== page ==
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    South Asia
     Nov 23, 2006
A nuclear dimension to Indo-China relations
By Siddharth Srivastava

NEW DELHI - Chinese President Hu Jintao's current visit to India has opened a small window for possible nuclear cooperation between the two countries. As the US Congress comes close to ratifying a historic nuclear pact with India, Beijing seems to be looking to turn aside geostrategic and security concerns (which it has been underlining so far) in the interest of business opportunities that building new nuclear reactors could open.

Indeed, business has taken precedence over politics, especially

when the stakes involved can be more than US$100 billion, the estimated civilian nuclear energy reactors market in India.

Summing up Beijing's new thinking, Hu declared that "India's growth is an opportunity, not threat".

This is the first time that a joint statement at the highest level has talked about cooperation in nuclear energy between India and China. The two countries have had limited nuclear relations in the past, including Chinese supplying low-enriched uranium to India's Tarapur atomic reactor in 1995 and heavy water in the 1980s.

There is still a long way to go. Beijing's position will become more apparent when it will be required to elucidate its stand at the Nuclear Suppliers Group (NSG), where discussions regarding international acceptance of India's nuclear status should proceed after US congressional ratification of the nuclear pact.

Indian officials, however, say China is now unlikely to oppose the deal at the NSG and is more likely to concentrate on winning contracts and nuclear tenders. The competition can be stiff, with top companies from countries such as Russia, France, apart from the US already in the race. A US business delegation comprising representatives of top nuclear firms will visit India this month.

But India will be closely watching China's dealings with Pakistan and whether it does go ahead with a similar nuclear pact as the Indo-US deal, as has been suggested. Hu will head to Pakistan after the conclusion of his India trip.

One reason New Delhi has been averse to Chinese firms' close involvement in key strategic areas such as telecoms and ports is China's support to Pakistan and other countries such as Bangladesh in the same areas, including involvement in the Gwadar port in Balochistan. Gwadar opens the possibility of Chinese naval presence very close to Indian shores.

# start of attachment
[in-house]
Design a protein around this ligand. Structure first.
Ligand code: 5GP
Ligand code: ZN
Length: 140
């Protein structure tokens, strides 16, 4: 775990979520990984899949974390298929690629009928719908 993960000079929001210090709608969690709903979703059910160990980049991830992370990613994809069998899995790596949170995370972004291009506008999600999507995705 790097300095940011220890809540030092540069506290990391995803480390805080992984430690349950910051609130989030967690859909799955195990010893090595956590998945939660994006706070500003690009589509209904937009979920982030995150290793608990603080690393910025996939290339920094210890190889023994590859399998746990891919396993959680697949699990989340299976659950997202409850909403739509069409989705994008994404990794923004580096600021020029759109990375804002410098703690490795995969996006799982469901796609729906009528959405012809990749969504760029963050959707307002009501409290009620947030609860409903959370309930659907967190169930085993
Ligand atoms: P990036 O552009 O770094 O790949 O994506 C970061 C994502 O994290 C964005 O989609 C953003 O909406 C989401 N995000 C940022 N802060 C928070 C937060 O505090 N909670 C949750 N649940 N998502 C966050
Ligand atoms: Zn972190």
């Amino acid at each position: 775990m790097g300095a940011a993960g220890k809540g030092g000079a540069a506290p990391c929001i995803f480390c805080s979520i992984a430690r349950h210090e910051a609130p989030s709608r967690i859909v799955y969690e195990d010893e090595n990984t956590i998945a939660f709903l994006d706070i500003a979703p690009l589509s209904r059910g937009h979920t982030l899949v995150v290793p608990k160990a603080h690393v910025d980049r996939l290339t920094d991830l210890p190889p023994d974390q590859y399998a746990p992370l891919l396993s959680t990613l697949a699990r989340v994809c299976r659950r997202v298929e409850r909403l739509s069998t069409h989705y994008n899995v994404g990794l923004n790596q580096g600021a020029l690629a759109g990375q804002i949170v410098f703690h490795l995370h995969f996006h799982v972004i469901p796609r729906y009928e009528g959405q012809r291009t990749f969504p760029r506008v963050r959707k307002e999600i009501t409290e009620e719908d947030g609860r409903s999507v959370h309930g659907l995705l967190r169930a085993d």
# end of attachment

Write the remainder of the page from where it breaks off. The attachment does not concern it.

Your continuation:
It will not be palatable to Indian security mandarins that the same set of engineers should be setting up nuclear reactors in both the countries. China has been involved in the construction of at least two nuclear reactors in Pakistan. The US has refused to deal with Pakistan on nuclear energy because of its dubious proliferation record.

In the past, reacting to the Indo-US civilian nuclear energy deal, China has asked India to sign the nuclear Non-Proliferation Treaty first. India has refused to sign the NPT as it considers it to be biased in favor of countries that already possess nuclear weapons. Beijing has been critical of the US for violating international norms by signing the nuclear pact with India and was unhappy about Indian nuclear-weapon tests in 1998.

Not too long back, Beijing said that given India's strong military strength, it was Pakistan more than India that needed nuclear weapons to defend itself.

Because of intense pressure from Beijing, including the possible blacklisting of Indian information-technology firms keen to expand in China, New Delhi has refrained from a comprehensive law against foreign investments by Chinese firms. But the suspicions harking back to a war fought in the early1960s continue to be there, though the Chinese companies have still won several contracts in India, in several infrastructure, oil and gas projects, because of the sheer cost advantage and quality of delivery.

Language, culture and different political systems (read democratic rights), however, continue to be issues with the very efficient Chinese personnel, a contrast to the slightly more laid-back and affable approach of Indians.